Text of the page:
rise of the Montanists. For this reason, Eusebius' work should
be viewed as an attempt to chronicle history and not mistakenly
viewed as criticism of a contemporary figure. And since Eusebius'
record of the Montanists is borrowed from an earlier Christian
writer, Eusebius' semi-Arian views should not be used to discredit
this description of the Montanists.
Consider the following excerpts from Book V of Eusebius' work
The Church History.
1 As the so-called Phrygian heresy was still flourishing in
Phrygia in his time, Apollonius also, an ecclesiastical writer,
undertook its refutation, and wrote a special work against
it, correcting in detail the false prophecies current among
them and reproving the life of the founders of the heresy.
But hear his own words respecting Montanus: 2 "His actions
and his teaching show who this new teacher is. This is he
who taught the dissolution of marriage; who made laws for
fasting; who named Pepuza and Tymion, small towns in Phrygia,
Jerusalem, wishing to gather people to them from all directions;
who appointed collectors of money; who contrived the receiving
of gifts under the name of offerings; who provided salaries
for those who preached his doctrine, that its teaching might
prevail through gluttony." (Chapter XVI. The Circumstances
Related of Montanus and His False Prophets.)
One of the novel ideas proclaimed by the prophet Montanus
appears to have been that he declared the towns of Pepuza
and Tymion in Phrygia would be the location of the New Jerusalem.
Additionally, Montanus seems to have found a way to entice
men to become teachers of his doctrine by providing financial
incentive. So we see that financial gain was tied into the
lure of teaching the Montanus' views.
7 There is said to be a certain village called Ardabau in
that part of Mysia, which borders upon Phrygia. There first,
they say, when Gratus was proconsul of Asia, a recent convert,
Montanus by name, through his unquenchable desire for leadership,
gave the adversary opportunity against him. And he became
beside himself, and being suddenly in a sort of frenzy and
ecstasy, he raved, and began to babble and utter strange things,
prophesying in a manner contrary to the constant custom of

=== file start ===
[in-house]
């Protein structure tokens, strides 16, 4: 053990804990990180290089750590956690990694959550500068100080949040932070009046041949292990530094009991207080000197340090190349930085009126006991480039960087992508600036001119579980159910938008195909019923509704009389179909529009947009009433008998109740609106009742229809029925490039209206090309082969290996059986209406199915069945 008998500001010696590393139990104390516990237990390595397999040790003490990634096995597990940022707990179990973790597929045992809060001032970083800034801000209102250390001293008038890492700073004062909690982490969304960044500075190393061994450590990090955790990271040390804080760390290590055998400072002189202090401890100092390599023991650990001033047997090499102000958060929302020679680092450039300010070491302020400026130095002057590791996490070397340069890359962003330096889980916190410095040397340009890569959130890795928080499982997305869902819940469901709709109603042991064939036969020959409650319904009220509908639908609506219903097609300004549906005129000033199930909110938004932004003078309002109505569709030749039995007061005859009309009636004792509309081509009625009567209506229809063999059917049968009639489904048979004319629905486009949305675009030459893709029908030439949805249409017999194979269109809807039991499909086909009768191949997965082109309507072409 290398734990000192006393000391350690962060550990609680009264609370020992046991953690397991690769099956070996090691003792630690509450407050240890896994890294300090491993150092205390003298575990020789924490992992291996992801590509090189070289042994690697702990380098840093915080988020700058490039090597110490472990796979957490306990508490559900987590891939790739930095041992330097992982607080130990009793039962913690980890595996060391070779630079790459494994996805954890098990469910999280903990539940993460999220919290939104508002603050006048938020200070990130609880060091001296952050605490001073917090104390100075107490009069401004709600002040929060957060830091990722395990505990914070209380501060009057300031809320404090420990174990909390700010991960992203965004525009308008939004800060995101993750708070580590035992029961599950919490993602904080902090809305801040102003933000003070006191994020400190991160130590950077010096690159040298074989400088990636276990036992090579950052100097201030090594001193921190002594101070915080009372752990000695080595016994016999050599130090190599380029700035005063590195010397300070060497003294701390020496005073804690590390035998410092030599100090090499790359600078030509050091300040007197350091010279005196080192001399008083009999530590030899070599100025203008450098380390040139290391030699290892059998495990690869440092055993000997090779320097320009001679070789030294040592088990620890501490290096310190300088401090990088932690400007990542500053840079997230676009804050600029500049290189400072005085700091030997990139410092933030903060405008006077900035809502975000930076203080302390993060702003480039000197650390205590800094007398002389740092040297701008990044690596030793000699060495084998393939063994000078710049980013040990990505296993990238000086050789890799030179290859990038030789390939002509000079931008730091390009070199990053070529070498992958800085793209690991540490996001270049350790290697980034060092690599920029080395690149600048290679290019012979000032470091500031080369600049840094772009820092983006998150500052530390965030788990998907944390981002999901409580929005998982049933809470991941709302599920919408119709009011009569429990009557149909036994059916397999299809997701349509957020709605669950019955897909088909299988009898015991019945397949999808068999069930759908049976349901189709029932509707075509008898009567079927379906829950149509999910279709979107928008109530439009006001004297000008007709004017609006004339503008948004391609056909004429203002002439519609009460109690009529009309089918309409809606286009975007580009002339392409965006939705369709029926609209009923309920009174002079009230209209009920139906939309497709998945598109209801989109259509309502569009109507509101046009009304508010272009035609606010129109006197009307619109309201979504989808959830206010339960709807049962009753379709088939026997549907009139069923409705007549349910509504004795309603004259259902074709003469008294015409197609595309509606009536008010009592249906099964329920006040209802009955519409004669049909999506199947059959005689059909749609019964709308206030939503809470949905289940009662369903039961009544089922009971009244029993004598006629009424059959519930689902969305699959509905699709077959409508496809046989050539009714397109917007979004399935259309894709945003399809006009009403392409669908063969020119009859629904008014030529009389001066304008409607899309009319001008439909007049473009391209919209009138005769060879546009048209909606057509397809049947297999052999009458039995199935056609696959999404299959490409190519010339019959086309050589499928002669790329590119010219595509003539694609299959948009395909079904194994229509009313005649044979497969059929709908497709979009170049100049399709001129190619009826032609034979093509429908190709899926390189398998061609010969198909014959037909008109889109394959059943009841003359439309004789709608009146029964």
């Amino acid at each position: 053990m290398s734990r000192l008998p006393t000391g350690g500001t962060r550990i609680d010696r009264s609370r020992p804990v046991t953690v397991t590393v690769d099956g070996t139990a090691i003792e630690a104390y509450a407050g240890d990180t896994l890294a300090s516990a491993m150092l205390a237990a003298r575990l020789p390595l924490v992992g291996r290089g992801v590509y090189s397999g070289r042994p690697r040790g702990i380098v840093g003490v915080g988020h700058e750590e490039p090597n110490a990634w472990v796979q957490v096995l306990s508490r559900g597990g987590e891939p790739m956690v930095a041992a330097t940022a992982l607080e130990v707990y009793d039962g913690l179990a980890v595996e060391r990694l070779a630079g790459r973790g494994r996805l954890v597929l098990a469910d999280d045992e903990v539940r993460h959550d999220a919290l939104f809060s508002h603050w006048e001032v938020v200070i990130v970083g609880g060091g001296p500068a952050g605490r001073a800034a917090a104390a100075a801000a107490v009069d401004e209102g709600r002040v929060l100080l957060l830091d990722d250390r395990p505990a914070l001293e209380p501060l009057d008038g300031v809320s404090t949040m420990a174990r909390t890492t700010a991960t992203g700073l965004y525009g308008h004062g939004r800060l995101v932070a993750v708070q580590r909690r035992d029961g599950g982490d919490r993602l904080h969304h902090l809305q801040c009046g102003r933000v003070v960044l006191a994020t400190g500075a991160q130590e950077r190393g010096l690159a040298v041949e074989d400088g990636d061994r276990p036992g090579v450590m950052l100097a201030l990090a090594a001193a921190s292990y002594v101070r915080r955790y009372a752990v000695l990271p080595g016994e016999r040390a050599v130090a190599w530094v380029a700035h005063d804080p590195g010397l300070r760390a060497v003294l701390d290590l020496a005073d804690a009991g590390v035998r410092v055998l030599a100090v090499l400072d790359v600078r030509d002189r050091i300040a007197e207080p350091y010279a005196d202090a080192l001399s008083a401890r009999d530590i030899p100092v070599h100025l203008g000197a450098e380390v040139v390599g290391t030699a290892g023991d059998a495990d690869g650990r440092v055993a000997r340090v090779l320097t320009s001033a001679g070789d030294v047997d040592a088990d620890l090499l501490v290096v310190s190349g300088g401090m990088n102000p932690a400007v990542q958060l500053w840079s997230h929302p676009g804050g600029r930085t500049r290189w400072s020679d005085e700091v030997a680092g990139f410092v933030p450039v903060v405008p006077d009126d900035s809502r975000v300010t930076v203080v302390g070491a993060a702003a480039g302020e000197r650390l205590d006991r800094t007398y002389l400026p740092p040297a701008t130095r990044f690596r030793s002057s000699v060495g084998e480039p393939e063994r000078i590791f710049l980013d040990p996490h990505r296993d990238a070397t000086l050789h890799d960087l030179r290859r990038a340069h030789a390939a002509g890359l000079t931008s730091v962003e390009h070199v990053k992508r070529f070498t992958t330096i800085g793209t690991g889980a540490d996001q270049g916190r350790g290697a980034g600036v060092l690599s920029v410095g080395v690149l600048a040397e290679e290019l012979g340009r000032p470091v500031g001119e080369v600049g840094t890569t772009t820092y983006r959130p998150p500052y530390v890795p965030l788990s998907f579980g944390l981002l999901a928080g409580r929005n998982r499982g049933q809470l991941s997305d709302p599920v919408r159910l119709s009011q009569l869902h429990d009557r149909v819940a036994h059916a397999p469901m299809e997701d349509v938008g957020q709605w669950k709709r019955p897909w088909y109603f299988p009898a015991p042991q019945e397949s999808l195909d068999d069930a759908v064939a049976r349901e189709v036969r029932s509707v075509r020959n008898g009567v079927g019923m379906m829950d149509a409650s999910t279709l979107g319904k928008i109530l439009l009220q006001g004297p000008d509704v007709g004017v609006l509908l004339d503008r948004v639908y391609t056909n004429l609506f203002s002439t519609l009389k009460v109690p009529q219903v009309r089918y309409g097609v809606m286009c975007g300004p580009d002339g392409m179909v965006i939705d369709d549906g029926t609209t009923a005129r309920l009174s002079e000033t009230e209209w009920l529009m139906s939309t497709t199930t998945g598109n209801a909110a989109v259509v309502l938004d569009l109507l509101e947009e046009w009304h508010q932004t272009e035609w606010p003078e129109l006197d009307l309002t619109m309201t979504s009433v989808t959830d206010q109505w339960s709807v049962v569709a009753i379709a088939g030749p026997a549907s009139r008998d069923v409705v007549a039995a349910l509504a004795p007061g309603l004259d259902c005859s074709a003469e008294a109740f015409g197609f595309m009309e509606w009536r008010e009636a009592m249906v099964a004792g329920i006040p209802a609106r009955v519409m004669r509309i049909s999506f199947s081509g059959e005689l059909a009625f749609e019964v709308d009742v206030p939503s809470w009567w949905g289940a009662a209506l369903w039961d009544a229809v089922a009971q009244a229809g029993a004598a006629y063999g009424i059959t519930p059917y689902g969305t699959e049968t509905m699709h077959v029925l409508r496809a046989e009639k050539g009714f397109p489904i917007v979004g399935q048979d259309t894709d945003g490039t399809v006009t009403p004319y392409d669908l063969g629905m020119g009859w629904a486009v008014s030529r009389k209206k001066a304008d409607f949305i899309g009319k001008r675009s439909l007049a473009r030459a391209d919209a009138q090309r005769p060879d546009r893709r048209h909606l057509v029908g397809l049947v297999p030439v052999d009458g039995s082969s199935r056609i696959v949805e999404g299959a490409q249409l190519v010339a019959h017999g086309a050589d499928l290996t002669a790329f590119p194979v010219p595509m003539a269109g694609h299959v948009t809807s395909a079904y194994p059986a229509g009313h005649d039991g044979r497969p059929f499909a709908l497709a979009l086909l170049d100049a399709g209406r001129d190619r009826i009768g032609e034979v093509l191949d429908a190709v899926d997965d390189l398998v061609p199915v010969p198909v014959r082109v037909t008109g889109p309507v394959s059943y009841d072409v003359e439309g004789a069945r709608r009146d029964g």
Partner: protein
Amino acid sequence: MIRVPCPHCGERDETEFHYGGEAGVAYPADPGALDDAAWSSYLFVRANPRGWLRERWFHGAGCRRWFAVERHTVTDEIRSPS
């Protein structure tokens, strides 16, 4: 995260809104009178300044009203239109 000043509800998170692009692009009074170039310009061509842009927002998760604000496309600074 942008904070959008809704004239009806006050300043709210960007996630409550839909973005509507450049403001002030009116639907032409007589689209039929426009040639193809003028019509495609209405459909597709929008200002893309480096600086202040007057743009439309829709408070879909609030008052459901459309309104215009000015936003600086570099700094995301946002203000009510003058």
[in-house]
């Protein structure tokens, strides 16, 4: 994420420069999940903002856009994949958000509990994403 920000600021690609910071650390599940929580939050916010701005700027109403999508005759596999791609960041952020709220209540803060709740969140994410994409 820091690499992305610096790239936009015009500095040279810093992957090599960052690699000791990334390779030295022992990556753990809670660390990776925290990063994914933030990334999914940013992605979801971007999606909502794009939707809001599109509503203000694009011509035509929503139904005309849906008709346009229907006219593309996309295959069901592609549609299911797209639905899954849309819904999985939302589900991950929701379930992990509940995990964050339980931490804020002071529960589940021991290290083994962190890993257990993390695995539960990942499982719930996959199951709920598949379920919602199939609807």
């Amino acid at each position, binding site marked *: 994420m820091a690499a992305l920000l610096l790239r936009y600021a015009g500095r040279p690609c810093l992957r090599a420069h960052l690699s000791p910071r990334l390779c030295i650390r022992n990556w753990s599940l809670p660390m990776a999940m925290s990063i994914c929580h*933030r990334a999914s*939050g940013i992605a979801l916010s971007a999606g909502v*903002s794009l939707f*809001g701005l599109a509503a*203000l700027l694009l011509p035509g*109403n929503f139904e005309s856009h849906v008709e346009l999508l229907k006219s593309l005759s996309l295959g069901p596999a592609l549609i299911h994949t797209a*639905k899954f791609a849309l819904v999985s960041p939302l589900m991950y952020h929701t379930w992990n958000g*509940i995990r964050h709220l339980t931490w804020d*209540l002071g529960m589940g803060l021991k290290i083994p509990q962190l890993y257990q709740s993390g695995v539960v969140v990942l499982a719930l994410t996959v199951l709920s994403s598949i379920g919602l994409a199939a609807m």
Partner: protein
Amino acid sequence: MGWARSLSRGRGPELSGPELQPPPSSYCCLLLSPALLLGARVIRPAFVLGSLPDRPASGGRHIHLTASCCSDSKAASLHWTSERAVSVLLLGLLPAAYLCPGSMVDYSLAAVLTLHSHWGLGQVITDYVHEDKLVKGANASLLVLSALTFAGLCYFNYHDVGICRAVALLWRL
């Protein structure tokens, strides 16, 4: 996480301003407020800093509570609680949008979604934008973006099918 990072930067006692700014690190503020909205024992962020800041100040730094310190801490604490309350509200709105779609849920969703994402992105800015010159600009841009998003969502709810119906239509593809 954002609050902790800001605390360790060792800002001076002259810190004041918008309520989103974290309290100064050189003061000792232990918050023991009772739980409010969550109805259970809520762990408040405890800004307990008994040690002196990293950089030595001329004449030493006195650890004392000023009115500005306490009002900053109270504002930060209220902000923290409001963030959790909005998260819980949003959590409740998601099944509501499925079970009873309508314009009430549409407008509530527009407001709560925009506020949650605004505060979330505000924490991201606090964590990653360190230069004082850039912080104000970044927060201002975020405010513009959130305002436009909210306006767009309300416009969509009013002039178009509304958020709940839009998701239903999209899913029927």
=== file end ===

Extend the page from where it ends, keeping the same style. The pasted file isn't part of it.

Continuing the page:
the Church handed down by tradition from the beginning."
(Chapter XVI. The Circumstances Related of Montanus and
His False Prophets.)
Here is the passage as written by Asterius.
12 There, they say, one of those who had been but recently
converted to the faith, a person of the name of Montanus,
when Gratus was proconsul of Asia, gave the adversary entrance
against himself by the excessive lust of his soul after taking
the lead. And this person was carried away in spirit;
13 and suddenly being seized with a kind of frenzy and
ecstasy, he raved, and began to speak and to utter strange
things, and to prophesy in a manner contrary to the custom
of the Church, as handed down from early times and preserved
thenceforward in a continuous succession. (The Extant
Writings of Asterius Urbanus, From Book I.)
The above excerpts are quite interesting in that it denotes
the quality or characteristics of Montanus' prophesying. Not
only is Montanus said to have a desired leadership role, but
his prophetic episodes are described as being a matter of
"frenzy and ecstacy" involving raving and babbling. Eusebius
and Asterius note that this style of prophesying was "contrary
to the constant custom of the Church handed down by tradition."
Or in other words, Montanus' prophetic episodes were entirely
different in character than the manner in which orthodox Christian
prophets behaved. This deviation from the "constant custom"
of the Church is what demonstrates the counterfeit nature
of Montanus' prophetic gift.
10 For the faithful in Asia met often in many places throughout
Asia to consider this matter, and examined the novel utterances
and pronounced them profane, and rejected the heresy, and
thus these persons were expelled from the Church and debarred
from communion." (Chapter XVI. The Circumstances Related
of Montanus and His False Prophets.)
Here again is the same passage as previously written by Asterius
17 And those few who were thus deluded were Phrygians. But
the same arrogant spirit taught them to revile the Church
universal under heaven, because that false spirit of prophecy
found neither honour from it nor entrance into it. For
when the faithful throughout Asia met together often and in